This book will help Java developers to increase application development and deployment, thus optimizing their overall efficiency.
A brief introduction is provided that shows the differences between Java and Jython, important to include so that the reader will have a better understanding of why their union is beneficial.
The remainder of the book teaches, through examples, how to use Jython. Intended for an experienced Java developer, this book assumes you understand the fundamentals to programming (i.e. loop statements, if.then, etc.). So, page space is focused on utilizing Jython with Java by covering the following: extending Python with java classes, modules, compiling, interpreters, design integration, etc.
Robert Bill’s Jython for Java Programmers from New Riders is an essential introduction to the complexities of the merger between two popular object-oriented languages, Python and Java. It is directed toward Java programmers who want to incorporate Python rather than vice versa, but the utter symmetry of merging two object-oriented languages creates an Escheresque problem in perspective. It is like two snakes gobbling each other up.
Let’s sort this out historically. When Sun Microsystems’ virtual machine (VM) paradigm emerged in the mid-1990s, the high-level programming language Java became the idiom for the new “soft” computer. Java’s object-oriented architecture allowed it to scope from the lowest-level OS tasks (reads, writes to disk and screen), but much of the mid- and high-level tools were missing–e.g., common GUI features, text parsing, list sorting. The missing functionality is implemented gradually with nuts-and-bolts Java functions and by porting libraries to Java (GL4Java).
The cascade of “100 percent pure Java” ports has finally led to the gobbling up of the elegant Python scripting language, which is also object-oriented. But that is only half of the story. As Java devours Python, Python also devours Java. In one manifestation, Jython is Python written in Java rather than C. It has its own interpreter “jython” and compiler “jythonc,” both of which can draw on all of Java’s classes. Conversely, jythonc will create a Java class which can be imported by the Java interpreter “java” and compiler “javac.” Java programmers will have the luxury of importing and using succinct Jython classes rather than writing the lines of verbose native Java code.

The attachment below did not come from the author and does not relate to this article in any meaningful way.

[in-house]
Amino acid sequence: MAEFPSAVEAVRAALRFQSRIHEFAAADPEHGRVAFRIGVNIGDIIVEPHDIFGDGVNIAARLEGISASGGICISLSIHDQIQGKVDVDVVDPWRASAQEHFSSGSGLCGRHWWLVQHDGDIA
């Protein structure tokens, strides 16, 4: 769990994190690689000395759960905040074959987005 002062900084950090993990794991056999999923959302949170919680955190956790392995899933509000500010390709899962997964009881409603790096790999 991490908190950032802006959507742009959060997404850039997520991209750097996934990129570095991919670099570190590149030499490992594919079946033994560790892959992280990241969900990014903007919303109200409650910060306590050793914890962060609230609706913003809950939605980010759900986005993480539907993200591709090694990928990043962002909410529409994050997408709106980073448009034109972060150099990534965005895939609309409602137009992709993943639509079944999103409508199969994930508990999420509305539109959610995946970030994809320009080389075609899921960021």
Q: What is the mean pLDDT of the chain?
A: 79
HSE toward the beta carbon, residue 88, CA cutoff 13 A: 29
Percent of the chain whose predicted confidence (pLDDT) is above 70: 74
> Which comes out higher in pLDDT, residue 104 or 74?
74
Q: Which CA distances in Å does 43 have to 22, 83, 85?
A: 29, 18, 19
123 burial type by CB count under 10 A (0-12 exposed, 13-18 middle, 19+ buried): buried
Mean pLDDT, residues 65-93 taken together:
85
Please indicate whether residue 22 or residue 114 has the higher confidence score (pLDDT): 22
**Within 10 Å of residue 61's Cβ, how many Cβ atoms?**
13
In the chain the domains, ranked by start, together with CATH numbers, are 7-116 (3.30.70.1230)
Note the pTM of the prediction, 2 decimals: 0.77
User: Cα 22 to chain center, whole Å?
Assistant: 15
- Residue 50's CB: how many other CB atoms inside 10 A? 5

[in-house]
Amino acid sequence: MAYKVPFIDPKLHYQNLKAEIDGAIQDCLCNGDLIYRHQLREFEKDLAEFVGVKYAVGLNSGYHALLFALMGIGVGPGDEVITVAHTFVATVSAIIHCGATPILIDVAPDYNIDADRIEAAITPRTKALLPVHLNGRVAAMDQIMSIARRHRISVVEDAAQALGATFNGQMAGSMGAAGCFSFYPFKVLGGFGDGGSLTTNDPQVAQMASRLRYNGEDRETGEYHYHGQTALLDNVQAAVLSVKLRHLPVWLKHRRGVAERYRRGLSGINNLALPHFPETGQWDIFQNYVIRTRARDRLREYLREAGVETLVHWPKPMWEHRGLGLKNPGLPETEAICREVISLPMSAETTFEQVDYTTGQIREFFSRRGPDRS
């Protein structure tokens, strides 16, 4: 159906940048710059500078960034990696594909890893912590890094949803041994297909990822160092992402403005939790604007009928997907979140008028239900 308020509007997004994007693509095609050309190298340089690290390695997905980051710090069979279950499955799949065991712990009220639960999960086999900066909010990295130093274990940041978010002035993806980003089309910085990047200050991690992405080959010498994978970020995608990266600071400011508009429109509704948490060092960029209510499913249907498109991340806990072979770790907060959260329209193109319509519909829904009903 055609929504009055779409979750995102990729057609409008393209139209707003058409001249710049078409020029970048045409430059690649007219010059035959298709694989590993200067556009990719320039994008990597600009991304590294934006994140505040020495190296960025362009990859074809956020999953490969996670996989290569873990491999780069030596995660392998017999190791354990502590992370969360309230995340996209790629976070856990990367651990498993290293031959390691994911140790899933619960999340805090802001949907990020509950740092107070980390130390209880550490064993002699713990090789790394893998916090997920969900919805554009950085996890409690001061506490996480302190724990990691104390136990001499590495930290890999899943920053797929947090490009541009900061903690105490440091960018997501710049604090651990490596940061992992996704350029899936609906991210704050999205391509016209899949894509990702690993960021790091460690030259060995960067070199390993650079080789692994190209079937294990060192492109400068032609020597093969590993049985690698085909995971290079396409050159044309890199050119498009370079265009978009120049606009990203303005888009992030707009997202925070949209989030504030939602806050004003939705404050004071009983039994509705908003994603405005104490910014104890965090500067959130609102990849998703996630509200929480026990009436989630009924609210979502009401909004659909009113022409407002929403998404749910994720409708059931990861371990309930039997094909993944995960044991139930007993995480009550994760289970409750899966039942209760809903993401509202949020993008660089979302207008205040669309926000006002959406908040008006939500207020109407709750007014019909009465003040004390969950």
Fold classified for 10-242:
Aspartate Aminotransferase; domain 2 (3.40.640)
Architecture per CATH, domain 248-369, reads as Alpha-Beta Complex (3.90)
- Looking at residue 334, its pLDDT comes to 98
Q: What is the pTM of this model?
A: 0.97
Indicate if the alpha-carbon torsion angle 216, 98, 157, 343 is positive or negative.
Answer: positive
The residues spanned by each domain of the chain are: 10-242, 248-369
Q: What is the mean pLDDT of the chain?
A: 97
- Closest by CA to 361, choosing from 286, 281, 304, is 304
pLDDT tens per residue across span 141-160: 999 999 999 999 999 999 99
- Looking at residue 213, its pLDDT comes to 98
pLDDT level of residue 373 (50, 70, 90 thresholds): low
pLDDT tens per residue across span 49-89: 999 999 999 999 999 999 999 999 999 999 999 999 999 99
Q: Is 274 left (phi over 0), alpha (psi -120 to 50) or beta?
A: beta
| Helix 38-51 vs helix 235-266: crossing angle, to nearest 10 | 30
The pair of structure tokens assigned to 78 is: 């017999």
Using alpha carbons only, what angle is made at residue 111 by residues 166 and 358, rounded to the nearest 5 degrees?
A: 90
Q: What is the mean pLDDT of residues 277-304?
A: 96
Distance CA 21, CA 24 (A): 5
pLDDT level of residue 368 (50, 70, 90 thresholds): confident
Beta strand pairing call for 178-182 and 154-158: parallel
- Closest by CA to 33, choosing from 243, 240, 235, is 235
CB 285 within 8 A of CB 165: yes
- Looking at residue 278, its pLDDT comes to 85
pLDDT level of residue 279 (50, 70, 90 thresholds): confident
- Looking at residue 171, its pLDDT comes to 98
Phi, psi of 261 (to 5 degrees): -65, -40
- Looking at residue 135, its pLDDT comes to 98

The bewildering complexities are elucidated by Bill in Jython for Java Programmers, which presents Jython both as a standalone, Java-equipped language and as the class implementation within Java. Its three parts are dedicated to Jython’s basics (very similar to a Python tutorial), Jython’s internals, and Jython’s incorporation into GUI, database, and Web applications. The book follows in the New Riders tradition of exhaustive, implementation-centered publishing. Jython is not a Java foundation class, but Bill’s book is a cornerstone in its own right. We also recommend Jython.org to help sort out Jython’s big picture. –Peter Leopold
- Paperback: 496 pages
- Publisher: Sams (December 28, 2001)
- Language: English
- ISBN-10: 0735711119
- ISBN-13: 978-0735711112